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1985 Bears Coverage: McMahon `greets' press

Every day of the 2015 Chicago Bears season, Chicago Sun-Times Sports will revisit its coverage 30 years ago during the 1985 Bears’ run to a Super Bowl title.

McMahon `greets’ press

Dan Pompei

Originally published Jan. 1, 1986

There was no new exotic haircut for Jim McMahon yesterday at this training camp away from home.

There was, however, news that he is the first alternate at quarterback for the Pro Bowl – and San Francisco’s Joe Montana is on the verge of bowing out with sore ribs and a sore knee.

But McMahon’s attitude toward the honor and his questioners was more punk than punk rock.

“I could care less about that bowl,” McMahon said.

That’s a McNugget from a different bird.

Some of his teammates cared so much about “that Bowl,” defensive coordinator Buddy Ryan thought their attempts at making it were affecting play and work habits adversely.

McMahon said he thinks he didn’t play enough to go.

“It’s a long season, then you have to go to a game that doesn’t mean anything,” he said. “Once the season’s over, I like it to be over and time to rest for me. For an extra $5,000, it’s not worth it to me.”

But McMahon probably won’t turn down the invitation. Only someone incredibly puritan or incredibly spoiled would turn down a free week in Hawaii and $10,000 for being on the winning team or $5,000 for playing for the losers.

“I’ll go there and play golf if they want to let me do that. I go to Hawaii every year anyway,” said McMahon, who like just about every player in the NFL would rather go to the Super Bowl.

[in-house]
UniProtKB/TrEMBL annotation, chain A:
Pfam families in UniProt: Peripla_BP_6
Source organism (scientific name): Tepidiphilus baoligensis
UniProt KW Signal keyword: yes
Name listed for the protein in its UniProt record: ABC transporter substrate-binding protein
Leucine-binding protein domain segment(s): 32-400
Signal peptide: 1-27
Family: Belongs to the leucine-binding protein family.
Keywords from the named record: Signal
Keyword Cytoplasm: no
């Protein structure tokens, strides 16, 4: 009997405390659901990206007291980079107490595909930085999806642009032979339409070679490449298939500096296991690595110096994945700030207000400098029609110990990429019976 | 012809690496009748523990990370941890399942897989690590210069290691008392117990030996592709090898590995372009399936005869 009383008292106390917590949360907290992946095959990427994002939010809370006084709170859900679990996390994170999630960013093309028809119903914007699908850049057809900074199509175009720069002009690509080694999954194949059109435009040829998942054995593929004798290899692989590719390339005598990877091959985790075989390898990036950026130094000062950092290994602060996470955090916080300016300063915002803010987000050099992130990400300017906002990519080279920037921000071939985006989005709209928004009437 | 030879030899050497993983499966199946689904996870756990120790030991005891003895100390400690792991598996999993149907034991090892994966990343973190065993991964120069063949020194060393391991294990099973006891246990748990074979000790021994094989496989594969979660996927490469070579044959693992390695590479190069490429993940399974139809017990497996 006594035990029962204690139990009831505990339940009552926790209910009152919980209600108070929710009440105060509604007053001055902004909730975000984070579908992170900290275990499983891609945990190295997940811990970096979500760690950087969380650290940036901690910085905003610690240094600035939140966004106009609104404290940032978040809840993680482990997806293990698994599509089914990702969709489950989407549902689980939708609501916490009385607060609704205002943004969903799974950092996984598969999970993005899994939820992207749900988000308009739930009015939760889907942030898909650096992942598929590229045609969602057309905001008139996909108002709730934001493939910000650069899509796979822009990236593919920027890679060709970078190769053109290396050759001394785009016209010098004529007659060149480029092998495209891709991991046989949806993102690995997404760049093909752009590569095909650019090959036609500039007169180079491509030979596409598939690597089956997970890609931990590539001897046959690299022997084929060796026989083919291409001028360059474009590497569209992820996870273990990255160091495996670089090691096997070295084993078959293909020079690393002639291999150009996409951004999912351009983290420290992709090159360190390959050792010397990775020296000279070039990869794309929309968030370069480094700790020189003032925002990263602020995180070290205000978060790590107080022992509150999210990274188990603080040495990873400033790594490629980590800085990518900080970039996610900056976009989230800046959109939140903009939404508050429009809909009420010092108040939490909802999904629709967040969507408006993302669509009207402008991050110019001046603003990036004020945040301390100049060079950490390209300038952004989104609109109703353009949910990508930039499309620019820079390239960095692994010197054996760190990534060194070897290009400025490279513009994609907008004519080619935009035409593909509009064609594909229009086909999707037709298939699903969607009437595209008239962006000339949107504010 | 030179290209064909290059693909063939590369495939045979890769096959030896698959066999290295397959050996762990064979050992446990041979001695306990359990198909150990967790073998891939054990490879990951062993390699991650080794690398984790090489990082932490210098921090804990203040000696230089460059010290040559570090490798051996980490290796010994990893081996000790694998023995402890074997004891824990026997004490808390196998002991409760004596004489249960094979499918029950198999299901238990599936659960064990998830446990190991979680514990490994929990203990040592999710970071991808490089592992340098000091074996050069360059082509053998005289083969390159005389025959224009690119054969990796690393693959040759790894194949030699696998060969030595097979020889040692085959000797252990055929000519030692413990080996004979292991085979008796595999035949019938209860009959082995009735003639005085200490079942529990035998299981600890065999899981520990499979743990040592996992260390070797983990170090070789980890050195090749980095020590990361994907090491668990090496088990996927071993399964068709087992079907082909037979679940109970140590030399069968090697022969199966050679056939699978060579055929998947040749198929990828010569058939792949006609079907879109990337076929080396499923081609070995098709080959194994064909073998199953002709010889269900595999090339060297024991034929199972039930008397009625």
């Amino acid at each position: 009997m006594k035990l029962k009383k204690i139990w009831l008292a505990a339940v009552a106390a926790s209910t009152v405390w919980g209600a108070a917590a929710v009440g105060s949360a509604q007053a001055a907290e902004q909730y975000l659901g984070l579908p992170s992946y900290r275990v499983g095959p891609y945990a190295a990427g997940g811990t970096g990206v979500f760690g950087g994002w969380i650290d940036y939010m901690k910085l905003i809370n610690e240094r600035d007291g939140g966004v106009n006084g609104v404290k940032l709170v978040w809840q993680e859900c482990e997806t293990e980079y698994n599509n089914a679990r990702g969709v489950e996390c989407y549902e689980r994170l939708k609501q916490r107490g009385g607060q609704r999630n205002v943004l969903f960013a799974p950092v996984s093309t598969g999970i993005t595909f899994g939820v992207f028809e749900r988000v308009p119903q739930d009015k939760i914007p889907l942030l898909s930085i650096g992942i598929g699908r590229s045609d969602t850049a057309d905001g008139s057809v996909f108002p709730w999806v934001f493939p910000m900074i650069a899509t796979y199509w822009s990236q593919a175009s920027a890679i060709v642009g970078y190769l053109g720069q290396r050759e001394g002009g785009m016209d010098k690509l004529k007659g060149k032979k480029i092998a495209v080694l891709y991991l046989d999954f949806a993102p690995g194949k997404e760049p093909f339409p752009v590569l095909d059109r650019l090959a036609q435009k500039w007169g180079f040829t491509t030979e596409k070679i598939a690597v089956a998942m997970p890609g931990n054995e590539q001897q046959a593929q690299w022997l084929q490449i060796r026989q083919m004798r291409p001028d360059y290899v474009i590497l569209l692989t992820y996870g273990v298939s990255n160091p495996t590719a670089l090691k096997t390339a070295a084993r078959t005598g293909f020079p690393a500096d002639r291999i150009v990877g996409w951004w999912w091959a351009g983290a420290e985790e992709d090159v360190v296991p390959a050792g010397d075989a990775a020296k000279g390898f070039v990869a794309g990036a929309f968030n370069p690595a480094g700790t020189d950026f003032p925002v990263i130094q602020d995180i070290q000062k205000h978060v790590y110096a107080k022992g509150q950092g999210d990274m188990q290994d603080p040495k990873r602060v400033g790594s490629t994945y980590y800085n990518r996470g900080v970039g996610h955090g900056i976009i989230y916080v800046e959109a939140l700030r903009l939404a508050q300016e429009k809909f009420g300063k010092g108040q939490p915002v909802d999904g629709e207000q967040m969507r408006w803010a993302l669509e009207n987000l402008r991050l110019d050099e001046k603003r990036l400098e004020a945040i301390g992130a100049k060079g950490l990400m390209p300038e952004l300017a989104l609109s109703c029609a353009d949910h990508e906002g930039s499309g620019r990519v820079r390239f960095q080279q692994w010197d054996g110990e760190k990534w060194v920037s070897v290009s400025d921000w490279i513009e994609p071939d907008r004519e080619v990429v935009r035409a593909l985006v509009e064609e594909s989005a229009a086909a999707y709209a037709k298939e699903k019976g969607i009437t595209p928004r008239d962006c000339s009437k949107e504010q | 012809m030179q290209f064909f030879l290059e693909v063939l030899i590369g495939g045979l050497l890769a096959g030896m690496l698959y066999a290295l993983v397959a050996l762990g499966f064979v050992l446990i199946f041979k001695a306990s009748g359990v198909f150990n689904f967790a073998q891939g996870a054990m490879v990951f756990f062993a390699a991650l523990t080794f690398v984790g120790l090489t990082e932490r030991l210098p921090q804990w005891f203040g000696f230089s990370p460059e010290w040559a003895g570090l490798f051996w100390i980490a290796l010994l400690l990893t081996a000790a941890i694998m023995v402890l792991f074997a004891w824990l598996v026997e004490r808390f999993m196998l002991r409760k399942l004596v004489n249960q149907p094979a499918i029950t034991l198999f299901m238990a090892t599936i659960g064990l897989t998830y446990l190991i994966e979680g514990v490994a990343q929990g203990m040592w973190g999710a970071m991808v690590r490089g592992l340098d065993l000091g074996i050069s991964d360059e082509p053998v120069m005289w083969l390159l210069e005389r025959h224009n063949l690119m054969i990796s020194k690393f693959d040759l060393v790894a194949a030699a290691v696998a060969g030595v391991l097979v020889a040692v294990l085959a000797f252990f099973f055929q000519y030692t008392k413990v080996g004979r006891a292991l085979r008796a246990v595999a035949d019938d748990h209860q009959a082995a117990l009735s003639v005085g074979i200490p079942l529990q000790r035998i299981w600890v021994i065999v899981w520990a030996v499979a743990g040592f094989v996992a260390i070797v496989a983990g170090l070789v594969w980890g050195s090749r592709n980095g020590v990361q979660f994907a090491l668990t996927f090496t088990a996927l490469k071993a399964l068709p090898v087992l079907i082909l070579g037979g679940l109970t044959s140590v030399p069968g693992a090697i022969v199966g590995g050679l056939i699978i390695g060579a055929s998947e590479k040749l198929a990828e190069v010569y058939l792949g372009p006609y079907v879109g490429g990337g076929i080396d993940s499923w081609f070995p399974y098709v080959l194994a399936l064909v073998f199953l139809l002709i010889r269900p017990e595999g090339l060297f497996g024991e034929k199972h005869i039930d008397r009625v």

Bears coach Mike Ditka said McMahon’s Pro Bowl stance is a realistic attitude for him.

“He wants to keep improving,” Ditka said. “If he improves like he has this year, he’ll be in Pro Bowls and everything else.”

McMahon wasn’t a Pro Bowl of cherries yesterday at Suwanee, Ga., as the Bears opened camp in preparation for Sunday’s NFC playoff game against the New York Giants.

With a national media audience elbowing for space to hear his every word, McMahon played the brat in a roomful of choir boys.

He didn’t pass up the opportunity to worsen his already rocky relationship with the media.

McMahon asked members of the press where they were spending New Year’s Eve so he knew where not to go.

He said the media was a total pain to him. “Stupid questions, mostly,” he explained.

As he worked on further ingraining his contrived image McMahon criticized the press for exposing it.

“You guys are worried about what everybody thinks. I can give a spit about what everybody thinks. It’s not who I am or what I am as long as I play ball.”

Then McMahon talked about who Ditka is.

Trouble is, McMahon’s not entirely sure because he said the Bears still are trying to figure Ditka out.

McMahon said “it’s trouble at times,” playing for Ditka. “We don’t always agree on everything but I think he’s fair.

“He’ll tell you to your face. I’ve heard it quite a few times.

“If things go wrong, you’re going to hear about it whether you’re right next to him or across the field,” McMahon said.

“There’s no wishy-washy person in Mike, and that’s the kind of guy I like to play for.”